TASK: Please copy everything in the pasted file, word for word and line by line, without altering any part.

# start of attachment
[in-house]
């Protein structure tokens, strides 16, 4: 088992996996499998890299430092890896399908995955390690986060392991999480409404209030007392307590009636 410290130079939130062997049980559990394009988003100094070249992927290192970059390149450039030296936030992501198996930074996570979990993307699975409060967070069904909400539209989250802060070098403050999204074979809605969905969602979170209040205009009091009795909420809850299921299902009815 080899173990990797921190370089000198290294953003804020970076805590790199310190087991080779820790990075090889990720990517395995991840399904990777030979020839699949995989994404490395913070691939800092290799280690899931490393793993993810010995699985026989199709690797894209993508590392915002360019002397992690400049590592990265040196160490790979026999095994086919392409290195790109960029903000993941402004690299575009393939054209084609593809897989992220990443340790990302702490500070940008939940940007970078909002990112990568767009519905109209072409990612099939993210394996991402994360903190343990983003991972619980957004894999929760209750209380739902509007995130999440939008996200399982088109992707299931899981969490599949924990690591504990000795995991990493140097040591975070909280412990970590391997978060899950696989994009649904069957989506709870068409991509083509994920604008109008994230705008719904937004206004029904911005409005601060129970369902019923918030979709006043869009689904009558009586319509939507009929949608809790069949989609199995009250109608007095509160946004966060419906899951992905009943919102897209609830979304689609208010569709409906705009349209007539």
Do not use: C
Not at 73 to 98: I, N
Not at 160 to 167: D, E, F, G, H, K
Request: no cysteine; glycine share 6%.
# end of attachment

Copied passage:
[in-house]
């Protein structure tokens, strides 16, 4: 088992996996499998890299430092890896399908995955390690986060392991999480409404209030007392307590009636 410290130079939130062997049980559990394009988003100094070249992927290192970059390149450039030296936030992501198996930074996570979990993307699975409060967070069904909400539209989250802060070098403050999204074979809605969905969602979170209040205009009091009795909420809850299921299902009815 080899173990990797921190370089000198290294953003804020970076805590790199310190087991080779820790990075090889990720990517395995991840399904990777030979020839699949995989994404490395913070691939800092290799280690899931490393793993993810010995699985026989199709690797894209993508590392915002360019002397992690400049590592990265040196160490790979026999095994086919392409290195790109960029903000993941402004690299575009393939054209084609593809897989992220990443340790990302702490500070940008939940940007970078909002990112990568767009519905109209072409990612099939993210394996991402994360903190343990983003991972619980957004894999929760209750209380739902509007995130999440939008996200399982088109992707299931899981969490599949924990690591504990000795995991990493140097040591975070909280412990970590391997978060899950696989994009649904069957989506709870068409991509083509994920604008109008994230705008719904937004206004029904911005409005601060129970369902019923918030979709006043869009689904009558009586319509939507009929949608809790069949989609199995009250109608007095509160946004966060419906899951992905009943919102897209609830979304689609208010569709409906705009349209007539």
Do not use: C
Not at 73 to 98: I, N
Not at 160 to 167: D, E, F, G, H, K
Request: no cysteine; glycine share 6%.